First published on 4 October 2021 by the Global Fund to End Modern Slavery
G7 Trade Ministers: Fulfilling Commitments to Ending Forced Labour
We are writing to provide recommendations for how the G7 can build upon the commitments it made in Cornwall, 2021, to address forced labour in global supply chains and in the digital economy. We were pleased to see forced labour highlighted in the Carbis Bay G7 Communiqué as an important issue warranting collective action by G7 countries.
Forced labour is pervasive across industries and supply chains, and can be found across the globe. There are an estimated 25 million people in the world being exploited in forced labour and human trafficking, and evidence suggests this number could be growing as a result of a number of global challenges, including the COVID-19 pandemic. Egregious examples of state-sponsored forced labour and horrific human rights abuses within China have been well documented. Traffickers make an estimated $150 billion from this crime, which also is linked to corruption, environmental degradation, discrimination, instability and dangerous, unregulated migration.
As Trade Ministers, you were tasked in the Carbis Bay G7 Communiqué to “identify areas for strengthened cooperation and collective efforts towards eradicating the use of all forms of forced labour in global supply chains.” Below are five specific recommendations of efforts and commitments G7 countries could make to advance efforts to eliminate forced labour and human trafficking from global supply chains.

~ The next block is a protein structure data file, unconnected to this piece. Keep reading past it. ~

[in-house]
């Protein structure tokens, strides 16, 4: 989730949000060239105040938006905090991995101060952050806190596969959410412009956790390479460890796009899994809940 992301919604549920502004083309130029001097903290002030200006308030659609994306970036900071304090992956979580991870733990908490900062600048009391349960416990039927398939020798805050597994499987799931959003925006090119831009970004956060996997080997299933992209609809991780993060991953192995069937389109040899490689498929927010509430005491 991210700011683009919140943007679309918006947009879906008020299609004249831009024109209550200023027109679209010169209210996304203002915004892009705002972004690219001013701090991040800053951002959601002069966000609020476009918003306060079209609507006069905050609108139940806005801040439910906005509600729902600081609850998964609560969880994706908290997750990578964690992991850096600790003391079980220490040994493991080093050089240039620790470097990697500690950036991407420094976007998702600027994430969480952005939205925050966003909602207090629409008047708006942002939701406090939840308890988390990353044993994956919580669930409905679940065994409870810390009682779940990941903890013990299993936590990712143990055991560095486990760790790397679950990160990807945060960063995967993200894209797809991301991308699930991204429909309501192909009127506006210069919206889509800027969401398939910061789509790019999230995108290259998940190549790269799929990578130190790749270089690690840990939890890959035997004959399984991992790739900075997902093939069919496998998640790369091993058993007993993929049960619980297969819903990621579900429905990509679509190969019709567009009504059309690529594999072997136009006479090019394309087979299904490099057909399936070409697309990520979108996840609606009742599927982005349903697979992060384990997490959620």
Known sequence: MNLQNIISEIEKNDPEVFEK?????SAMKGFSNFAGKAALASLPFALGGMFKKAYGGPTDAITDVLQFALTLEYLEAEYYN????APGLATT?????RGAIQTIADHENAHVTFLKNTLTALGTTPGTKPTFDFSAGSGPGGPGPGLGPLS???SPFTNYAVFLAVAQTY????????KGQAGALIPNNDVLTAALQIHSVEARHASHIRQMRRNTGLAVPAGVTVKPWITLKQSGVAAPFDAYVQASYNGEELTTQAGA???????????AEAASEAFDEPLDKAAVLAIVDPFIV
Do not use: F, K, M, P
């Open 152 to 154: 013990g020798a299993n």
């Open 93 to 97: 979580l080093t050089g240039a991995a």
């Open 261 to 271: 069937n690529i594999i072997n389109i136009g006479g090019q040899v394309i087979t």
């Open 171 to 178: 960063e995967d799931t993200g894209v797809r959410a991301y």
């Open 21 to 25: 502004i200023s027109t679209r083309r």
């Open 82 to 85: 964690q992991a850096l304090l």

G7 members should harmonize minimum legal and regulatory standards to address forced labour across the G7 and adopt new legislative frameworks as necessary. Such harmonization should include all members prohibiting the import, export or internal sale of goods and merchandise made or transported wholly or in part by forced labour, and mandating companies operating in their jurisdiction conduct human rights and environmental due diligence in their operations and supply chains, in line with the UN Guiding Principles on Business and Human Rights. Increased accountability for and partnership with private sector actors to take aggressive steps to eradicate forced labour from within their own supply chains will be essential.
G7 countries should affirm that any future trade agreement, trade preference program or other trade tools employed by a G7 country must contain provisions specifically prohibiting the use of forced labour and require minimum compliance standards, including due diligence criteria, for the elimination of human trafficking and forced labour which include prohibiting and punishing these acts. G7 nations should also provide support to lower income trading partners to help achieve these standards and facilitate trade free of forced labour.
G7 members should commit to recognizing any forced labour-related import, export or internal sale prohibition of one G7 country as prohibited in all G7 countries. To support the principle of mutual recognition of forced labour prohibitions, G7 members should commit to creating and strengthening mechanisms for robust information and data sharing as well as the development of common criteria and methods based on best practices.
Building off commitments made by G7 leaders in Cornwall, 2021, G7 nations should further commit to use domestic means, including public procurement policies, and multilateral institutions to prevent forced labour in global supply chains, including within the digital economy. Members should look to previously agreed upon principles for guidance, such as the right to work and freedom of association found in the Universal Declaration of Human Rights.